Lifestyle, Photography

Rolling off the production line

Recently I was lucky enough to have a tour of the Lego factory in Denmark (you can read more about it here) and my factory fun hasn’t stopped there: How do you top visiting the headquarters of one of the biggest and most recognisable brands in the world…? With one of the biggest, most recognisable AND most prestigious brands in the world of course! A few weeks ago I went behind the scenes at the Rolls-Royce factory and had a glimpse into the incredible craftsmanship which goes into these extremely exclusive machines.

A tucked-away site not far from Chichester, which you’d easily miss if you weren’t looking for it, is home to one of Britain’s oldest and most iconic marques. The company offices and factory are integrated into one beautifully designed building on part of the Goodwood estate. Unlike their vast cars which really stand out, the building (designed by Sir Nicholas Grimshaw, designer of the magnificent Eden Project) is discreet, and blends perfectly into the well landscaped and minimalist surroundings.

Though owned by German BMW now, Rolls-Royce has a rich British heritage dating back over 100 years; something which thankfully is unlikely to ever be forgotten. Walking into the main reception you’re greeted by a mix of new and old cars, and some less conventional vehicles in the form of soapbox racers- projects their engineering team got to go off piste with.

I was greeted by a charming Scottish gentleman called James (all the best ones are called James!) who talked me through the company history, from the coming together of the founders, Mr Rolls- a car salesman, and Sir Royce- an engineer in the early 1900’s, to the scandal behind the Spirit of Ecstasy (the statue lady who sits on the front of every car) and the relatively recent ownership controversy which largely went under the radar. Fascinating stories and all the better for being told in a charismatic way.

Next up I was taken through to the bit I was particularly excited about- the production line. As with my Lego tour, no cameras were permitted I’m afraid; they want to keep their trade secrets under wraps after all!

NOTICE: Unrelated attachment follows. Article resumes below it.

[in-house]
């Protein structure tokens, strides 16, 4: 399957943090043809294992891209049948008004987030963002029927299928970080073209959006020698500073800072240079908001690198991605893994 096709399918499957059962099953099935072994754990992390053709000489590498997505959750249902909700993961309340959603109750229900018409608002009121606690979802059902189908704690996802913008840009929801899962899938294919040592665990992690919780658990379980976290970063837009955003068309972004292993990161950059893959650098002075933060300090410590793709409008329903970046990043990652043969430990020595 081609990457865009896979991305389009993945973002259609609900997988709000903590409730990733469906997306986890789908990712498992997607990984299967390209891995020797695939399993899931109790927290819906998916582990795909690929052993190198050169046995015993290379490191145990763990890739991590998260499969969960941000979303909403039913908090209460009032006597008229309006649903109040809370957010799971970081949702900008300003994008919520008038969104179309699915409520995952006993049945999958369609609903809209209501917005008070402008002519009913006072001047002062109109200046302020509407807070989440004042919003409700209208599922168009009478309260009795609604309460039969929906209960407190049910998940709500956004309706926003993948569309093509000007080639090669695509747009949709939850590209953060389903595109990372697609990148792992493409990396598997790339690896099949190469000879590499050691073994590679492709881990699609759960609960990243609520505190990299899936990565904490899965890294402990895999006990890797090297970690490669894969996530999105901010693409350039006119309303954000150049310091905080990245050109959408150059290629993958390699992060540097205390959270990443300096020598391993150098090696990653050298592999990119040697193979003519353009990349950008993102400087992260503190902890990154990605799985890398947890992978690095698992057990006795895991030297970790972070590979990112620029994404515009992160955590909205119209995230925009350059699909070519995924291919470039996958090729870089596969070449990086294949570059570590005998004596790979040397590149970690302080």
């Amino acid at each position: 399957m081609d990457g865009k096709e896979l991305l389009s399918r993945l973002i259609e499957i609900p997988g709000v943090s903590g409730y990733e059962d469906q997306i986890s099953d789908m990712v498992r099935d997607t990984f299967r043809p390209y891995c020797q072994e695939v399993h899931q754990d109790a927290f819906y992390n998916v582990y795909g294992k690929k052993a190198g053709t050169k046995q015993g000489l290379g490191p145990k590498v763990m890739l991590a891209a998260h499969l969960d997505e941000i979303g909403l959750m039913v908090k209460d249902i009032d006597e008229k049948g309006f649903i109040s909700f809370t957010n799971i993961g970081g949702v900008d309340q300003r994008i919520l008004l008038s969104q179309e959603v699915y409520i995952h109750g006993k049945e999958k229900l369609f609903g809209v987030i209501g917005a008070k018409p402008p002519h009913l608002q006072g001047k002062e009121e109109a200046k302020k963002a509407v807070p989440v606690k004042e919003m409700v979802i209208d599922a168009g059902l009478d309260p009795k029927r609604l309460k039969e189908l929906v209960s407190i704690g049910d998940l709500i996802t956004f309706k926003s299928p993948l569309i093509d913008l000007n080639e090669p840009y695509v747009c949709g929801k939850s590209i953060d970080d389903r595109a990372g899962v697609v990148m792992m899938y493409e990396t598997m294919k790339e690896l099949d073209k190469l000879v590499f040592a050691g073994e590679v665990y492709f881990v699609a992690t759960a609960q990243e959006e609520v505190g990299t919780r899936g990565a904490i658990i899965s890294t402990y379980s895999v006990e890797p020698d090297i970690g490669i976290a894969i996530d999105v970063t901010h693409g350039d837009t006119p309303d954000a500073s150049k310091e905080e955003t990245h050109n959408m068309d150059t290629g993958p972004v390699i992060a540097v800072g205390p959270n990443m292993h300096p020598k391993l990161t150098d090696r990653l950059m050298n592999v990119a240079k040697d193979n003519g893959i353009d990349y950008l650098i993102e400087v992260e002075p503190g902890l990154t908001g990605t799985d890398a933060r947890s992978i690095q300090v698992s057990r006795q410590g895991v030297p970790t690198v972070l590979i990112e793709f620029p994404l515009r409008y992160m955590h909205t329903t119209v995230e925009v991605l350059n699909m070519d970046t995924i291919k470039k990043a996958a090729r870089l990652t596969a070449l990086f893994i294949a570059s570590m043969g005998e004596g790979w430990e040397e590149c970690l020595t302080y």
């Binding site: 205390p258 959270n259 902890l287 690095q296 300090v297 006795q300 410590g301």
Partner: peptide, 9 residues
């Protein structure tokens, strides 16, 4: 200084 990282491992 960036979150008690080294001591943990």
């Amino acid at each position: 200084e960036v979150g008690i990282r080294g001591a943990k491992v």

The journey starts with the metal shell of a car in the paint shop. When coated in the customers chosen colour the car was then covered in protective pads and put onto a wheeled base so it could be moved from section to section to be fitted with sound proofing, wiring looms, dashboards, consoles, seats, carpets and all manner of other essentials and luxuries.

Then the doors are added before the body is mated with the running gear (the important bits including the monstrous V12 engine, huge gearbox, driveshaft, suspension and enormous brakes and wheels).

One set of doors took us through to the leather workshop where the seats and all the door inlays are handmade from the finest hides available. Customers can choose from a huge selection of leather types from an array of animals, and a variety of colours. The cow hides come from animals kept at altitude so there’s no mosquitos to spoil the surface of the leather; just one example of the fantastic attention to detail! A clever machine works out how to most efficiently cut all the pieces required from each individual hide, before perfectly slicing it up ready for hand-stitching. Customers can also select the colour of thread they want their stitching done with, and if they want any emblems or patterns stitched into their seats.

Another workshop was home to the woodworking specialists, who craft all of the dashboards and inlays. These can be plain wood (albeit from a very large selection of beautiful wood types), or incredibly intricate works of art commissioned by the customer to their individual requirement.

Amongst other options, customers can also choose to have a headlining in the roof which has thousands of tiny lights which can be hand set into any star constellation requested (they can even identify the star pattern on any given date- a real talking point for your new car!).

The production line had every model of Rolls-Royce on it, and every car they make is produced there, whether it’s for a customer down the road, or destined for any other country in the world! One of the most striking things about the factory was how quiet it was. There were very few robots, but plenty of machines to help do the heavy lifting and the drilling and bolting, and yet somehow the place managed to feel relatively tranquil and the teams of people working away on the cars seemed to do so at a calm and measured pace.

Following the very special behind the scenes tour I went to the studios where customers who are specifying their new cars are taken to go through all the options available to them to make their car unique. This includes a huge list of bespoke paint colours and designs, special trims, matching luggage and picnic sets, and special carpets. If you can think of it the Rolls-Royce designers will help bring your vision to life. And if your pockets are deep enough you can even co-design your own car, body and all, which will be modelled and then hand built by a team of expert engineers and artisans.

I even got to see the imposing new Cullinan; Rolls-Royce’s first ever SUV, which was recently revealed to the world!

My trip was a fascinating insight into the lifestyles of the super-wealthy, but more than that, I feel very privileged to have seen some of the finest craftsmen and women in the world doing work which they rightly take a great deal of pride in. Rolls-Royce may technically be a German-owned company now, but it is very much a British brand and I felt strangely patriotic (strange for me because I don’t normally go in for all that!) seeing such a wonderful product roll off the production line right here in the UK. And this story is a great example of an Anglo-German partnership at its best; let’s hope for more of the same post-Brexit!

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